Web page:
that other programs do. The only difference is that it attaches itself to another program and executes
secretly when the host program is run. Once a virus is executing, it can perform any function such
as erasing files and programs. These were the first forms of malicious code. Included were boot
sector and program (.bin, .com, .exe, .ovl, .drv, .sys) viruses.
Although any sort of malicious code on a workstation is often referred to as a virus, in many
instances, the malicious code is not in fact virus related.
Although less known, worms cause more damage in terms of network outages or denial of service
attacks than any other form of malicious code. A worm is a self-replicating, stand-alone program
that exploits security holes to compromise other computers and spread copies of itself through the
Unlike viruses, worms do not need a host. Because of the recursive structure of this propagation,
the spread rate of worms is very fast and poses a big threat on the Internet infrastructure as a whole.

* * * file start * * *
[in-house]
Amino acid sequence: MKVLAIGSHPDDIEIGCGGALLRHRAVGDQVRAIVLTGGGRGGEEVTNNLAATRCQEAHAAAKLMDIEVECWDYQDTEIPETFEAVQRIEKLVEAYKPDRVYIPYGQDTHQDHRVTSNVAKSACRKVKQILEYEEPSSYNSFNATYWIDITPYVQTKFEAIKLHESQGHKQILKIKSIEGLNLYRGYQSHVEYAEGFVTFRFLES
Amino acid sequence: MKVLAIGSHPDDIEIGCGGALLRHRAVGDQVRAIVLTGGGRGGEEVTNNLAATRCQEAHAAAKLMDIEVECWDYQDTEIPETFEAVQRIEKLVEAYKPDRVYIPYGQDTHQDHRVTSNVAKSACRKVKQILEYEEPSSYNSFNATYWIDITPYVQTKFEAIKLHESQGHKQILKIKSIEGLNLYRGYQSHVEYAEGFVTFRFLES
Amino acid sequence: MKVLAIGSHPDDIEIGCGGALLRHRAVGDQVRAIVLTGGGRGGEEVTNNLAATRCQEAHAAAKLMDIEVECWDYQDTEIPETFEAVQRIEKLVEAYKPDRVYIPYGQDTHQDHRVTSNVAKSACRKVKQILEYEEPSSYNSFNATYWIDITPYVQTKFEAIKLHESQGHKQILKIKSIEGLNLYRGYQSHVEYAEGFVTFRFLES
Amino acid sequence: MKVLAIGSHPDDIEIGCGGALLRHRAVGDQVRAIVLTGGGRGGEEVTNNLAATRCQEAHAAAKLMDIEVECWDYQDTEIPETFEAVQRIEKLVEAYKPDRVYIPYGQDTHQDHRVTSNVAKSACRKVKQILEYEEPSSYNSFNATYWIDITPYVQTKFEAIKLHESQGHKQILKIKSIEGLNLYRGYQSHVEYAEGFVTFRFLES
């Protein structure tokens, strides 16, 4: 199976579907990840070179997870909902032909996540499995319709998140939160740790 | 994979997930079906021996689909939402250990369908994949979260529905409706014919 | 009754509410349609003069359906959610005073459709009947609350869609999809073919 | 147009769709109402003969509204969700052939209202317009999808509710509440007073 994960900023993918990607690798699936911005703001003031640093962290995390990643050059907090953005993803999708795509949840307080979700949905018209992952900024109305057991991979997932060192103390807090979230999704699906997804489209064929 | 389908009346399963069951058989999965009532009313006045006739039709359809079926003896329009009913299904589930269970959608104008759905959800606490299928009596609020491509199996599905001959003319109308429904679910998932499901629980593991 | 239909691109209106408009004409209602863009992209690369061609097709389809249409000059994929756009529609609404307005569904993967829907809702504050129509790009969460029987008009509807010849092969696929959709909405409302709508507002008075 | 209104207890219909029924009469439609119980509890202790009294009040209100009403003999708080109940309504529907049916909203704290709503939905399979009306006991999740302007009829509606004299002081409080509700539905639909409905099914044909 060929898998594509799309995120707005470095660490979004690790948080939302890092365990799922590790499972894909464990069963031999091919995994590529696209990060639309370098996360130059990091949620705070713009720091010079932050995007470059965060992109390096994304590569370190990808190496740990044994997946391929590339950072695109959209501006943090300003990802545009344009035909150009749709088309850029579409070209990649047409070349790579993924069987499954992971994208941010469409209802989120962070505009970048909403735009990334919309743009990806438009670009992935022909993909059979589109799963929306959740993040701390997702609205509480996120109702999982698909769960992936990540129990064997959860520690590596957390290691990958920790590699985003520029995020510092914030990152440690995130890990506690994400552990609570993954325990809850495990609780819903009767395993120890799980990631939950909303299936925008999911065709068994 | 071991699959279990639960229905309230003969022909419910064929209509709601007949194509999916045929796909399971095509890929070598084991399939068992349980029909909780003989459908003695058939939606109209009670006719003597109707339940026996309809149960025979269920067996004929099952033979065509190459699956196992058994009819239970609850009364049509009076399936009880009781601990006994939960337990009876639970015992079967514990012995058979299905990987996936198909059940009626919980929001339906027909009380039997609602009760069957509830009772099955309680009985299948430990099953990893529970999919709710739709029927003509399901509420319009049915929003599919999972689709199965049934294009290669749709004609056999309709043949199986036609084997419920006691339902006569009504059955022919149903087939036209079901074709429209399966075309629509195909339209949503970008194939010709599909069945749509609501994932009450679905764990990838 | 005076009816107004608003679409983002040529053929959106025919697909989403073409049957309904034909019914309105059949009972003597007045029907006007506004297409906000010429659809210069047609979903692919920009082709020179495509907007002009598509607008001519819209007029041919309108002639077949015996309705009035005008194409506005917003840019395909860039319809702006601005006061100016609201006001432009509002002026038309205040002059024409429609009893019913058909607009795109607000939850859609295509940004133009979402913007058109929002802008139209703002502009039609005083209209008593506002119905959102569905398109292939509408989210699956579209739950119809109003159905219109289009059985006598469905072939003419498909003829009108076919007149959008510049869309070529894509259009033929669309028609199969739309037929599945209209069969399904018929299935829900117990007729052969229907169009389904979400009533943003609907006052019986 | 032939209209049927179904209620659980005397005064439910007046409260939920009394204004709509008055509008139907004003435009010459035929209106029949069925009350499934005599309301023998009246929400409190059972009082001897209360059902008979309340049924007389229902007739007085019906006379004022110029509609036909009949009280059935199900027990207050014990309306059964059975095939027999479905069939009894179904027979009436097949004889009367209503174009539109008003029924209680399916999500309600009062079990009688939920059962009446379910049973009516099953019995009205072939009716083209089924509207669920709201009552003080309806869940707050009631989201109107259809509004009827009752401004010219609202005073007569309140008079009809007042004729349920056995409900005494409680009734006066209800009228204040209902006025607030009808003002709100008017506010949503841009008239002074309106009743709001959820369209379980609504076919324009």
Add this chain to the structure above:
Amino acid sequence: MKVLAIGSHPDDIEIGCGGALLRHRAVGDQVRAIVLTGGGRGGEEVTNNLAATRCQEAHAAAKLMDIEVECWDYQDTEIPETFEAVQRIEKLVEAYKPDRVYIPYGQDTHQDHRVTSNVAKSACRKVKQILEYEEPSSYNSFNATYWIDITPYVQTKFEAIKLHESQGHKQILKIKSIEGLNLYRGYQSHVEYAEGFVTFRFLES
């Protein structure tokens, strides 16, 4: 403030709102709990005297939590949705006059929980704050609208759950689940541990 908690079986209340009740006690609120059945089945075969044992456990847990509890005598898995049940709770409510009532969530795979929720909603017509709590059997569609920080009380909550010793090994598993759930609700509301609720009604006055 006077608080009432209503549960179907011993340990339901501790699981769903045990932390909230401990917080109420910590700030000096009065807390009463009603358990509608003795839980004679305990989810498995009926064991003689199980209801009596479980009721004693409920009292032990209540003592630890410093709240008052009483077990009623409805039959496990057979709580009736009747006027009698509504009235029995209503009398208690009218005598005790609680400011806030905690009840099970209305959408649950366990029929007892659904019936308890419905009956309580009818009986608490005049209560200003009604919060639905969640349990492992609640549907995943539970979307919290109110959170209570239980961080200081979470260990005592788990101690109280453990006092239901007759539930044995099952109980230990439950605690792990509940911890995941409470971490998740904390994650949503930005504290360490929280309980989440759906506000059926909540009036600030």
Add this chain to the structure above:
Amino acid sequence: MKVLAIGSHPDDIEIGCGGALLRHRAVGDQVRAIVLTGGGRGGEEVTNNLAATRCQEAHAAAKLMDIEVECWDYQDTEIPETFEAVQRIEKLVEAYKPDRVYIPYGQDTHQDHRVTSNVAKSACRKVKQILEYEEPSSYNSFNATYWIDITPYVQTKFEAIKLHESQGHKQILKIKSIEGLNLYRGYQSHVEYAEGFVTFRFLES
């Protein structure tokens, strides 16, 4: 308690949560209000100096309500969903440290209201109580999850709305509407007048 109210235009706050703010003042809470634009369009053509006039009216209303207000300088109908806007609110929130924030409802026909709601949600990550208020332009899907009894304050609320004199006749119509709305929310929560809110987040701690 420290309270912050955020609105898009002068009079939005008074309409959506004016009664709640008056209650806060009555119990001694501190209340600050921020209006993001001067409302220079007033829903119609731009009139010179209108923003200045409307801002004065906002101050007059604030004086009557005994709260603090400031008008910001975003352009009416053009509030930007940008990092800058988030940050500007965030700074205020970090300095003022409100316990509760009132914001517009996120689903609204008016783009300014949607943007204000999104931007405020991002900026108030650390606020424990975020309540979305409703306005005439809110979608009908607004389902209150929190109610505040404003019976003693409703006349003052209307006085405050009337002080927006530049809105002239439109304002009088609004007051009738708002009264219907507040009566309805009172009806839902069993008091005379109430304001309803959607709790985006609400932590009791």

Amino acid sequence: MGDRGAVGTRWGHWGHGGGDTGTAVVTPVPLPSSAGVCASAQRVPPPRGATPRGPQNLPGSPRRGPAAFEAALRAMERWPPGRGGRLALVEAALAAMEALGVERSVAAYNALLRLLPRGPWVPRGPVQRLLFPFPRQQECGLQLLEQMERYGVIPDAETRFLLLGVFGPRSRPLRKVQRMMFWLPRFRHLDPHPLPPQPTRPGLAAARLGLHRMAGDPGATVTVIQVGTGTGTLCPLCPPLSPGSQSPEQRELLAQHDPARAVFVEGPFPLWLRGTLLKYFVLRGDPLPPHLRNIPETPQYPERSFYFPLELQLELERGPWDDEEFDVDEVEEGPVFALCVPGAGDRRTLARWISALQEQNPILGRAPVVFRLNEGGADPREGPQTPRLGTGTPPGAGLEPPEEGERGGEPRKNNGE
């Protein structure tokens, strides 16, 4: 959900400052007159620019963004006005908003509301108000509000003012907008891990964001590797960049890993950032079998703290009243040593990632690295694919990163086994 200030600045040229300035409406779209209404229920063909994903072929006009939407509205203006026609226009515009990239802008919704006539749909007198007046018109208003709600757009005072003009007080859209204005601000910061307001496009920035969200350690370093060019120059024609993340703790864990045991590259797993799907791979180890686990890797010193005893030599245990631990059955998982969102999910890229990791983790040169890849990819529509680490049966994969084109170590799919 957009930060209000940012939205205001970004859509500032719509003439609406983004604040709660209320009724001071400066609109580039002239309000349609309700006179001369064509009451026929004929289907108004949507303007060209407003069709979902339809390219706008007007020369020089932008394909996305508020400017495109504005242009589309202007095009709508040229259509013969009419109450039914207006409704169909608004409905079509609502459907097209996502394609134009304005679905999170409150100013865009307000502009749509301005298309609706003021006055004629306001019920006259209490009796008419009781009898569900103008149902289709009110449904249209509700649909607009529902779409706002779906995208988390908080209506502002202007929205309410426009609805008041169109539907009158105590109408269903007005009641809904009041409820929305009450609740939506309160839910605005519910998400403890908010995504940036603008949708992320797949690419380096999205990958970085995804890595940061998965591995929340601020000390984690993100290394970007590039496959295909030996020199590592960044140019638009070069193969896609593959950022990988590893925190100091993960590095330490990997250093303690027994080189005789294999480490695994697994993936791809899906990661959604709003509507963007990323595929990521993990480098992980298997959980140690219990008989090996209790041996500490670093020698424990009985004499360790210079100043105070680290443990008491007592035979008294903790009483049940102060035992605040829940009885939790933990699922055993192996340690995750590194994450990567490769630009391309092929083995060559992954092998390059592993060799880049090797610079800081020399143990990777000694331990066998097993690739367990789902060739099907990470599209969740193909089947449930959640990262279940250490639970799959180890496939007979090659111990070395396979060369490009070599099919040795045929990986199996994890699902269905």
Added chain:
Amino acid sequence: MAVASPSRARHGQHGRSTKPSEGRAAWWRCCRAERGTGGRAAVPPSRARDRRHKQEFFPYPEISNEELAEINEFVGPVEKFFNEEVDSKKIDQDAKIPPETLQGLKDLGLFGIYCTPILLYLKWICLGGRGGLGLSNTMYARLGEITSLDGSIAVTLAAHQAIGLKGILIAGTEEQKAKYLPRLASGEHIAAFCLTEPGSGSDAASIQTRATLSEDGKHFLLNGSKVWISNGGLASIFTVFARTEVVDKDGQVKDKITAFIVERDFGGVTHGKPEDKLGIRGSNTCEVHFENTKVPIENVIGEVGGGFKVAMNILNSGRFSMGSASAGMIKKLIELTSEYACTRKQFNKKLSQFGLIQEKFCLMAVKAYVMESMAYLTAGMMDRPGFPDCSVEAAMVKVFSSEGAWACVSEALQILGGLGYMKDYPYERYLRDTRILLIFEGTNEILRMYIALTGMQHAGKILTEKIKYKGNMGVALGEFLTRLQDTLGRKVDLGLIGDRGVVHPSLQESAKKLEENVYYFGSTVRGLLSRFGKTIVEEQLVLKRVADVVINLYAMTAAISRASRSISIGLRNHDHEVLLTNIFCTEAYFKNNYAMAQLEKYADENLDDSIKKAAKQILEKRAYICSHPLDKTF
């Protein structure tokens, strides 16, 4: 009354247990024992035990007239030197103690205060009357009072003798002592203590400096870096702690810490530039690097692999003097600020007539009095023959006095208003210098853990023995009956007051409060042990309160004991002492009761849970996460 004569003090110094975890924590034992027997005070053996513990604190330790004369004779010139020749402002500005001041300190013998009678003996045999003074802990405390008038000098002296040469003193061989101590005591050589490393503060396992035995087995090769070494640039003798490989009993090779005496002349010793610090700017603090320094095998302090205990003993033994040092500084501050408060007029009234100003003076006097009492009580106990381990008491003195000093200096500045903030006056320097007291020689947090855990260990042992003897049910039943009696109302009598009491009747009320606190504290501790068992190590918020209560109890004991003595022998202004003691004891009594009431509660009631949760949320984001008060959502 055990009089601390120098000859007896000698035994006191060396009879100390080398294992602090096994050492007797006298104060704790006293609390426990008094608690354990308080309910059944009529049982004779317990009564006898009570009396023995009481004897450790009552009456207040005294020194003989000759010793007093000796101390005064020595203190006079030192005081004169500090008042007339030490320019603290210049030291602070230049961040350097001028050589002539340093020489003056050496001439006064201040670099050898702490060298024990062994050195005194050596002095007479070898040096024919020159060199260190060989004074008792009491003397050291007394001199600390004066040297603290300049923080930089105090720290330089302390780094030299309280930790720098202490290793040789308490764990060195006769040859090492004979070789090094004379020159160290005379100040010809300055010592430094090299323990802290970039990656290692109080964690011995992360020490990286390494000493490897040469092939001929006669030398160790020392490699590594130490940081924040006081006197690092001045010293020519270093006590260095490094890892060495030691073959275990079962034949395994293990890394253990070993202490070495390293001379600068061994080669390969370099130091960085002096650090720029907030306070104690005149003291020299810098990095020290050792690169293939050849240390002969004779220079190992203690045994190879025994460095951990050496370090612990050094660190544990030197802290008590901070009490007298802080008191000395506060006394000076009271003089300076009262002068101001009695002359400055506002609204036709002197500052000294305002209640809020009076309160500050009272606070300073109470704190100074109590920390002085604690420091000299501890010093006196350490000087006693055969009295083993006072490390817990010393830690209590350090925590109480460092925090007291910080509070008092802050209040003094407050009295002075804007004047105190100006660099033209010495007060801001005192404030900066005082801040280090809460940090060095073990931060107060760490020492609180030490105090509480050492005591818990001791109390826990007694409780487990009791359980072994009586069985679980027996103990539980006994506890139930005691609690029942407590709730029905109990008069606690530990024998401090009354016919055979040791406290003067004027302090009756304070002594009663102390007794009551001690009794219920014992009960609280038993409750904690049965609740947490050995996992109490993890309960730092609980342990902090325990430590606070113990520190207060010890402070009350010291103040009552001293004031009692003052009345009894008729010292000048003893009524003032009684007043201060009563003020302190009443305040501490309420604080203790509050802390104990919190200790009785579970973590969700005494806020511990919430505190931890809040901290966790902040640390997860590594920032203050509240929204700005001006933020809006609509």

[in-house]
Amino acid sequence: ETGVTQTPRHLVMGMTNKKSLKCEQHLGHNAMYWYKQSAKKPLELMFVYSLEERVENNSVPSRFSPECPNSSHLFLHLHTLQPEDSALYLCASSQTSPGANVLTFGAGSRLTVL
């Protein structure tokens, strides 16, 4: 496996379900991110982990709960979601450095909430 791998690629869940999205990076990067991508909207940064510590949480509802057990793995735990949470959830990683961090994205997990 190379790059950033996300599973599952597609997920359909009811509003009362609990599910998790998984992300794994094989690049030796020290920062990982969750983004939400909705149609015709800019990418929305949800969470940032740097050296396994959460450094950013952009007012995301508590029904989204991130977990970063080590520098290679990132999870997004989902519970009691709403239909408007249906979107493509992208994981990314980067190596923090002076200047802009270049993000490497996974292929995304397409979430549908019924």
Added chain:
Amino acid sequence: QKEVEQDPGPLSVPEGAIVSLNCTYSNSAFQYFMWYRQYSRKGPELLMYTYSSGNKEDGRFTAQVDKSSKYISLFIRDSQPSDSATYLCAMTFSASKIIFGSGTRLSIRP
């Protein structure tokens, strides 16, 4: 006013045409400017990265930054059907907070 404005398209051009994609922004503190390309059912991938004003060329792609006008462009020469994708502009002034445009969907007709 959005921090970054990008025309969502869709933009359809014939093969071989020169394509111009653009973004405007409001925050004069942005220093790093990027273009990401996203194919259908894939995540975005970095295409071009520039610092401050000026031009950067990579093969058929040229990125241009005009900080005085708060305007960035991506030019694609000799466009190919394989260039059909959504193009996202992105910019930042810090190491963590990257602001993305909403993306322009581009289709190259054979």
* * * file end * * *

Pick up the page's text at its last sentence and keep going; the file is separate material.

The most destructive effect of an Internet worm that was faced by Oakland City was attempting to
replicate itself, in which the worm consumes all of the network's resources, preventing any other
forms of communication from passing through, causing a denial of service attack.
As smart phones, I-pads and other mobile devices become more technologically advanced,
attackers are finding new ways to target victims. By using text messaging or email, an attacker
could lure you to a malicious site or convince you to install malicious code on your portable device.